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Judge tosses shareholder suit over Lululemon CEO's departure

DOVER, Del. — A Delaware judge has dismissed a shareholder lawsuit against sports apparel maker Lululemon Athletica over its decision to give a $5 million severance package to its former CEO rather than fire him for misconduct.

The judge ruled Thursday that the shareholder failed to comply with a Delaware law requiring him to demand that the company’s board take action itself before filing his complaint, or demonstrate that making such a demand would have been futile because the directors were self-interested or acting in bad faith.

Former CEO Laurent Potdevin left Lululemon, which is based in Vancouver, British Columbia, in February 2018. The company provided no details of what led to his resignation, other than that he had fallen short of the company’s standards of conduct.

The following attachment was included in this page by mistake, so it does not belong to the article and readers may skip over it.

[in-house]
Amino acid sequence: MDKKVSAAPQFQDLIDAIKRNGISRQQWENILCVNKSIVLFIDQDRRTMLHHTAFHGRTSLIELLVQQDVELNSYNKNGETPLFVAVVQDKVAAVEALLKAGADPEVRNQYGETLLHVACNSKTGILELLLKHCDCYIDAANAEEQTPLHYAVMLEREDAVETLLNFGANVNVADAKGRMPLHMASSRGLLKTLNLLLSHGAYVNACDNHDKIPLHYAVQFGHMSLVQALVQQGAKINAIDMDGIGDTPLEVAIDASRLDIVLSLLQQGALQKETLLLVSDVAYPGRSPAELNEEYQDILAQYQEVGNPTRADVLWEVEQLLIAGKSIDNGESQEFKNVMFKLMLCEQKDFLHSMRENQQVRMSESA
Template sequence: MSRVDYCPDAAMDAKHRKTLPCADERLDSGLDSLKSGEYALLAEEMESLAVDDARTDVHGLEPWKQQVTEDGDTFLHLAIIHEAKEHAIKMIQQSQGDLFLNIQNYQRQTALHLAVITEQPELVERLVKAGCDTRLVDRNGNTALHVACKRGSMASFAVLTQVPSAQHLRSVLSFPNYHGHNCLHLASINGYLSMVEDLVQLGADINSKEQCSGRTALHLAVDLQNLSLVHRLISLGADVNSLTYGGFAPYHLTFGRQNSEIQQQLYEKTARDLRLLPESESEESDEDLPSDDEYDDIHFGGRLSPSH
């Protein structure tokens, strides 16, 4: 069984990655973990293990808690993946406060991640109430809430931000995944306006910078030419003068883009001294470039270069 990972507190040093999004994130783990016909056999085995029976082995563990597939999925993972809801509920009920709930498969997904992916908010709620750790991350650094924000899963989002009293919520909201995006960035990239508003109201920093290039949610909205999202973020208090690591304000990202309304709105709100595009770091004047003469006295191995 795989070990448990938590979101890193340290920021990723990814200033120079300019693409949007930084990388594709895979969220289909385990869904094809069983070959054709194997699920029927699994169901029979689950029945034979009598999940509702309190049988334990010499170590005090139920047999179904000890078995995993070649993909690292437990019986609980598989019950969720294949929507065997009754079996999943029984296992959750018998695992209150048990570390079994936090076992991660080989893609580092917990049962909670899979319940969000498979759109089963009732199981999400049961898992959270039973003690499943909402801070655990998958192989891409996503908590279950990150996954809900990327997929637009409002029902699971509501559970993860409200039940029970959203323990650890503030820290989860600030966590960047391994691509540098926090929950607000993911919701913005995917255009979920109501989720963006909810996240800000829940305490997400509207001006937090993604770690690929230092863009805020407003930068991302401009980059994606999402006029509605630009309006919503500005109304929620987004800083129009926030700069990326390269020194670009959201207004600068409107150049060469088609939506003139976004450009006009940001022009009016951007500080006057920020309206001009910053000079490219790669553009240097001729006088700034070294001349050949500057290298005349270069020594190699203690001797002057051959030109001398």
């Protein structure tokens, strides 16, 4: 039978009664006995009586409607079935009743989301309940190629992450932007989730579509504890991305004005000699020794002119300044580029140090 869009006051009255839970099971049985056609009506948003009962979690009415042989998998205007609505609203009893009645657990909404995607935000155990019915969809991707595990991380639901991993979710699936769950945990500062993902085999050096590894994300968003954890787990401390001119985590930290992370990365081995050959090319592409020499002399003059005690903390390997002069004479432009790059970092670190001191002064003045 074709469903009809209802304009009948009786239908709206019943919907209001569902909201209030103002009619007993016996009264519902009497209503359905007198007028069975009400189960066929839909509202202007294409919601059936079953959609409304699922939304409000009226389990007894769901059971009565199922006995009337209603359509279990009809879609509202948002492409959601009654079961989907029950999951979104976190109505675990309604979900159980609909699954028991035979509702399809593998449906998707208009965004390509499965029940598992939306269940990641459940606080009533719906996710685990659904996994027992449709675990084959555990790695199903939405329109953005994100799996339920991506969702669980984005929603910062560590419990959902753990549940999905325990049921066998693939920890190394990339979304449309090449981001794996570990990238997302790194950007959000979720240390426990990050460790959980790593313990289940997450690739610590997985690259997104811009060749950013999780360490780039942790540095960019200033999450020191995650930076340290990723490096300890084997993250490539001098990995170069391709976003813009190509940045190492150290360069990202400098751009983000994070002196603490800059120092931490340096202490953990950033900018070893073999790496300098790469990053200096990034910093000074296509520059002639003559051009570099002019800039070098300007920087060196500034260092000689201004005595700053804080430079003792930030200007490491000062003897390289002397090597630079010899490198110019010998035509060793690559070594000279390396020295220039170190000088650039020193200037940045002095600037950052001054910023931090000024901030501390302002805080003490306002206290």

The judge’s ruling indicates that Lululemon’s board negotiated a separation deal with Potdevin after confirming that he had engaged in “pervasive misconduct.”

The lawsuit alleges that board members rushed to pay an excessive severance fee to facilitate Potdevin’s departure as a way to cover up their slow response to his “well-documented malfeasance.”

The lawsuit alleged that Potdevin created a toxic culture at Lululemon and engaged in a pattern of harassment and sexual favouritism. It also claimed that he turned the company’s executive team into a “boy’s club” that would frequently gather either at his house or hotel rooms for drinks and drugs.

After offering Potdevin a $2.5 million severance payment if he agreed to resign, the board subsequently agreed to pay him double that amount.

Randall Chase, The Associated Press

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